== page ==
1
$\begingroup$

There is a well-known formula for rotations of Pauli vectors $e^{i\theta \vec{n}\cdot\vec{\sigma}}=\cos{\theta}+i\sin{\theta} \vec{n}\cdot\vec{\sigma}$ with $\vec{\sigma}=(\sigma_x,\sigma_y,\sigma_z)$.

Now I am dealing with a similar formula with an added difficulty: two spin vectors, $\vec{\sigma_1}$ and $\vec{\sigma_2}$, such that my rotation is given by $e^{i\theta \vec{\sigma_1}\cdot\vec{\sigma_2}}$. It is not possible to, a priori, writte the same expression as for one spin because the dot product will produce non-commuting terms, i.e. $[\sigma_x^{1}\sigma_x^{2},\sigma_y^{1}\sigma_y^{2}]\neq 0$ which prevents one from using the BKH formula.

Is there any known expression for such a two-spin rotation?

Thank you!

Edit: My goal is to apply this transformation to a state and see how it transforms. Specifically, I want to evaluate $e^{i\theta \vec{\sigma_1}\cdot\vec{\sigma_2}}|\phi\rangle$, where $|\phi\rangle$ is the bell state $\frac{1}{\sqrt{2}}(|00\rangle+|11\rangle)$

$\endgroup$
7
  • $\begingroup$ Are you sure that you want $\sigma_1\cdot \sigma_2$? It is far more like that a qm situation (combining two angular momenta for example) would give you $\sigma_1 \otimes {\mathbb I}+ {\mathbb I}\otimes \sigma_2$ in the exponent. $\endgroup$
    – mike stone
    Jul 11, 2022 at 16:53
  • $\begingroup$ @mikestone yes, that's what I need. I have a unitary transformation such that $U=e^{i\theta/4(\sigma_1+\sigma_2)^{2}}\simeq e^{i\theta/2(\sigma_1\cdot\sigma_2)}$ and I need to act on a state with this. $\endgroup$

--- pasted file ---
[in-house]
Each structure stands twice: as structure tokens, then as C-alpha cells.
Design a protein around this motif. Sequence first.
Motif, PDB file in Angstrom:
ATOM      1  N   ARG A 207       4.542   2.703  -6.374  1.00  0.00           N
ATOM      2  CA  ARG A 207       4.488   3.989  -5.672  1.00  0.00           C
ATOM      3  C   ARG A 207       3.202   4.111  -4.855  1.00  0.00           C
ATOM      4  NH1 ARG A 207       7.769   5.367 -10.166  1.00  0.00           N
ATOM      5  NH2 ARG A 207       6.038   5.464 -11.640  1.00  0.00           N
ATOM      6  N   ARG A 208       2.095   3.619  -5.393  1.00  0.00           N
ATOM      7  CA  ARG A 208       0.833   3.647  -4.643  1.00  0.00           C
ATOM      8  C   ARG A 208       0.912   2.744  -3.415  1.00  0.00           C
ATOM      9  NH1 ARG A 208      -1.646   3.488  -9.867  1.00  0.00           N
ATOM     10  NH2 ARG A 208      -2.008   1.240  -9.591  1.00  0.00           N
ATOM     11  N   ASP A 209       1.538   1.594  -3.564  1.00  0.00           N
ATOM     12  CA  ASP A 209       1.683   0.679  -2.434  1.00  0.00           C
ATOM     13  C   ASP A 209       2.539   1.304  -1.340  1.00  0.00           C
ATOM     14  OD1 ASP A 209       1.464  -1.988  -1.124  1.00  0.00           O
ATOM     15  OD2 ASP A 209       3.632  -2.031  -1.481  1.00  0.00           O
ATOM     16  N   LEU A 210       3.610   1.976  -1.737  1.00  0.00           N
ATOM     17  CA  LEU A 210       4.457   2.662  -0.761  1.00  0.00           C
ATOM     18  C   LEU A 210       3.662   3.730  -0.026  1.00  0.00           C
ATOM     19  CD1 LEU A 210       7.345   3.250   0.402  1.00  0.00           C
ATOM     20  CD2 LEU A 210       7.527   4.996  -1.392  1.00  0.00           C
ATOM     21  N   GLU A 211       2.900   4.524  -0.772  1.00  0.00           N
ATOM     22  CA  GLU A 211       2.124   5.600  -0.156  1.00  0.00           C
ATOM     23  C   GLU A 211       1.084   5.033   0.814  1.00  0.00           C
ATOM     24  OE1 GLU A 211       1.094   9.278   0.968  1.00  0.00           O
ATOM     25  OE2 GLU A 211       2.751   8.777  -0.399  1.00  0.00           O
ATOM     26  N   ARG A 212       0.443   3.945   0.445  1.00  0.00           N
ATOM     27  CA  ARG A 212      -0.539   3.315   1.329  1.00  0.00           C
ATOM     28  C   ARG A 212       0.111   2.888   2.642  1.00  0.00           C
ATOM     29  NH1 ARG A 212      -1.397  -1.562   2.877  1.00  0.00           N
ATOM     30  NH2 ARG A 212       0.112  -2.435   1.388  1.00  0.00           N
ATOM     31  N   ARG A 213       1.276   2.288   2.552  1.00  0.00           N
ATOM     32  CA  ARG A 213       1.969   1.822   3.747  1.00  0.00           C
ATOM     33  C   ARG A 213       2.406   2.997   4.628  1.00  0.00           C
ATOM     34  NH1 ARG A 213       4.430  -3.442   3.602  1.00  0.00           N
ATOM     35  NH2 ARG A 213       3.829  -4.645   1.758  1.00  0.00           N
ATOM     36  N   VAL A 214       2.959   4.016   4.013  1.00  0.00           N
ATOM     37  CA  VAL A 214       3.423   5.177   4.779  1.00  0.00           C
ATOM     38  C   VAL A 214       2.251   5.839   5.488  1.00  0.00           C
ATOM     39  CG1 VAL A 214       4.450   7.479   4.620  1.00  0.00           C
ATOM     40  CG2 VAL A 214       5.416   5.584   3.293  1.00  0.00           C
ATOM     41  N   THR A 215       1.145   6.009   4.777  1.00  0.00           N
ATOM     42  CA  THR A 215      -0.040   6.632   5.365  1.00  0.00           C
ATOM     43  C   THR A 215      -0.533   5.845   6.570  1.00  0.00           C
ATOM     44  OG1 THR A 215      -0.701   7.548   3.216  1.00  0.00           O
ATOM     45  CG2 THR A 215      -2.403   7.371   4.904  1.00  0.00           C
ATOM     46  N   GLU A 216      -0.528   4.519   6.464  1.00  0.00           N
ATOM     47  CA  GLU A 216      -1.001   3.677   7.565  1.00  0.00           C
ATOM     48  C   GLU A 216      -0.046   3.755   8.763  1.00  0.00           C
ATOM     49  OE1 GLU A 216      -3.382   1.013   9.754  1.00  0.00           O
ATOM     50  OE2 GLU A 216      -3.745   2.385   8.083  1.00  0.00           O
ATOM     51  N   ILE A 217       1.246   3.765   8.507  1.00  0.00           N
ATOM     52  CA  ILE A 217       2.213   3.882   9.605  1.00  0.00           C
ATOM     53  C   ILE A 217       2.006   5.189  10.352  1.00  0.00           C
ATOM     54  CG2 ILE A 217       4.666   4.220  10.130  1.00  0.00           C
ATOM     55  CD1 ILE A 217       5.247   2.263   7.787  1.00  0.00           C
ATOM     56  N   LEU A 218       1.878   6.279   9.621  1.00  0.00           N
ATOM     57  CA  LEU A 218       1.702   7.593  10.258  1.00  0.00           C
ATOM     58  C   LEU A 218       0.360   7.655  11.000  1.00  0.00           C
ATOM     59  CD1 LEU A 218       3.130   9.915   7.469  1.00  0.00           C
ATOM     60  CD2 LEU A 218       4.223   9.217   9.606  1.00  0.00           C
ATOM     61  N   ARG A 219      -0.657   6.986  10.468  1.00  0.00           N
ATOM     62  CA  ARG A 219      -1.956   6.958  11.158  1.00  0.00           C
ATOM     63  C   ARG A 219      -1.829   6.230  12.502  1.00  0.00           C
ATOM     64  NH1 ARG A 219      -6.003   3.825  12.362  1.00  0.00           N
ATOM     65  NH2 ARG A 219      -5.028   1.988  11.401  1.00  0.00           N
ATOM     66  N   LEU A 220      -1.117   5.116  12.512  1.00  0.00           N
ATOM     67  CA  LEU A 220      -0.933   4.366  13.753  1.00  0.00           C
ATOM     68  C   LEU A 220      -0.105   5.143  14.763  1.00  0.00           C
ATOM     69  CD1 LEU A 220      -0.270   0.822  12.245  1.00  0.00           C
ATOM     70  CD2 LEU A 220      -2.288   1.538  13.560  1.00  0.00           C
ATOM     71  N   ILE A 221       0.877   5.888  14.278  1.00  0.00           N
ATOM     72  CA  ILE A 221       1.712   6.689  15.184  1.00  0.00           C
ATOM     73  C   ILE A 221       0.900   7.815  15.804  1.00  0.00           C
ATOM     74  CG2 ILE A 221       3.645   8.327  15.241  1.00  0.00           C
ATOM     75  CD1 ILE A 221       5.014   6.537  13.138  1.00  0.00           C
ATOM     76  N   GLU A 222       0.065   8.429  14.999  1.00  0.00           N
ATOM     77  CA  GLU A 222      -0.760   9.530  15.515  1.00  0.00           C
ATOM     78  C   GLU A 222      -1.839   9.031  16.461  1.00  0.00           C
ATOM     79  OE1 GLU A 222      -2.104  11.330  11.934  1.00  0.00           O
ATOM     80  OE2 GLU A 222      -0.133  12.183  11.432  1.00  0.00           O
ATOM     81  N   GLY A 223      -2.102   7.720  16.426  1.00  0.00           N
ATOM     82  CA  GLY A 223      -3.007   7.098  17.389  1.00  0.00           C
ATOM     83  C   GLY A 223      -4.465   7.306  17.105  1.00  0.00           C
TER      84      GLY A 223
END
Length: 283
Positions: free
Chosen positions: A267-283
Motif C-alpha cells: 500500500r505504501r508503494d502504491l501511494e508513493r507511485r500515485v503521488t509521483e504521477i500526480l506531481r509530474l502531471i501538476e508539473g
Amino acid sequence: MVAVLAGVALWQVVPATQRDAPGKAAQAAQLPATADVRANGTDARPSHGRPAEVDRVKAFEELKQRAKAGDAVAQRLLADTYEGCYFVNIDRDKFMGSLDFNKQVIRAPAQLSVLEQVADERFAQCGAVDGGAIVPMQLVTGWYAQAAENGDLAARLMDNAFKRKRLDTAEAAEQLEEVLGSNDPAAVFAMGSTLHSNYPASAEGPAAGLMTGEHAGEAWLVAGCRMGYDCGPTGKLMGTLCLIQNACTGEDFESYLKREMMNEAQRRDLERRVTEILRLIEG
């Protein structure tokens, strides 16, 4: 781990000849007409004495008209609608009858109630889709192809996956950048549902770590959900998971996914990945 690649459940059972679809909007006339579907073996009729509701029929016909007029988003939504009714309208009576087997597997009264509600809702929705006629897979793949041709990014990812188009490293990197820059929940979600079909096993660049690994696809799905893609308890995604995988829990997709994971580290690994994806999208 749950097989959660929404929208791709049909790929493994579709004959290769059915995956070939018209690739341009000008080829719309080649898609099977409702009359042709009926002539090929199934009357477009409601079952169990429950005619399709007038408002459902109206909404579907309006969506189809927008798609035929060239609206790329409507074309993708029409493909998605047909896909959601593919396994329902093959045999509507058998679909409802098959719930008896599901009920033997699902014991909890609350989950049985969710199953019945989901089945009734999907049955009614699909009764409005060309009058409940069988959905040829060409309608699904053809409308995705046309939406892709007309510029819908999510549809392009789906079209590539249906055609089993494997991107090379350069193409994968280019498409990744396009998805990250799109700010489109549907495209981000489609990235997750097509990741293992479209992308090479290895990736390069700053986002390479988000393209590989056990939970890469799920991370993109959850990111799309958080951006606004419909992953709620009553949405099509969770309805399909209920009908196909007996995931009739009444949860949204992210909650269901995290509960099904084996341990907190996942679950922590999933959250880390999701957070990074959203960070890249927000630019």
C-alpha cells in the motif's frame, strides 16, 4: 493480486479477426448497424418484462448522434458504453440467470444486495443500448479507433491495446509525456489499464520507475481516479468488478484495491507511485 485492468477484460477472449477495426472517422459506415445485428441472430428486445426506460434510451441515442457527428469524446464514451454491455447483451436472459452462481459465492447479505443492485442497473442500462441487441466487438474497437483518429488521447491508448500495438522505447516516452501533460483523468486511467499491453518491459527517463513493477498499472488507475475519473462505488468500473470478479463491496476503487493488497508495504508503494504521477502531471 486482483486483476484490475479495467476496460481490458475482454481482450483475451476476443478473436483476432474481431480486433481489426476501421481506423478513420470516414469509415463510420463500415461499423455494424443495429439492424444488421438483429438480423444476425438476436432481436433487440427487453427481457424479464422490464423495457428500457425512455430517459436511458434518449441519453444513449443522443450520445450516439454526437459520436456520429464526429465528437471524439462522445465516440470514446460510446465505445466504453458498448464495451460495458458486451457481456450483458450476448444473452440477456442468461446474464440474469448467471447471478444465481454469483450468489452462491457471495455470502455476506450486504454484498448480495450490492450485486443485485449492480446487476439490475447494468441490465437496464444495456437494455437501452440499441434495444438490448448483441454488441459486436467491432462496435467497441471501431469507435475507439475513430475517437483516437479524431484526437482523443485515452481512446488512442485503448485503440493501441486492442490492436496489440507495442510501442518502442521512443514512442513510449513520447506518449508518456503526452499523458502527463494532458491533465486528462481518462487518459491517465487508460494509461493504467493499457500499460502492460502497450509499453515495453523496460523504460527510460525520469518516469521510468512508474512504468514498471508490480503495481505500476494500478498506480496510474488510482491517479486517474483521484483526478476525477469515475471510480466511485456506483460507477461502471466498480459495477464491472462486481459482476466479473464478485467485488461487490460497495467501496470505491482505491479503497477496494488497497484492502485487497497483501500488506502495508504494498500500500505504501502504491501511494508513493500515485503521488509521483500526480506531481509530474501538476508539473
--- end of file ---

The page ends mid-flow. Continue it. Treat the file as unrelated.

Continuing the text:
– J.Agusti
    Jul 11, 2022 at 16:59
  • $\begingroup$ @mike stone Peculiar as it might be, the reducible matrix in the exponent is still well-defined: $(\vec \sigma_1+\vec \sigma_2)^2/2 -3{\mathbb I}$... $\endgroup$ Jul 11, 2022 at 17:00
  • 1
    $\begingroup$ So this is $J^2$ for the sum of two spin 1/2s? In that case it can be diagonalized as $1 {\mathbb I}_3 + 0 {\mathbb I}_1$ for the three spin one states and the one spin zero state. Once this is done application to state is easy. $\endgroup$
    – mike stone
    Jul 11, 2022 at 17:07
  • 2
    $\begingroup$ It really helps to use the tensor product notation when you have more than one qbit. $\endgroup$
    – mike stone
    Jul 11, 2022 at 17:32

2 Answers 2

2
$\begingroup$

Review spin addition for two spin doublets. Your formula is actually simpler, in a sense! No expansion of the exponential is warranted. Expanding it is a hallmark of some misconception.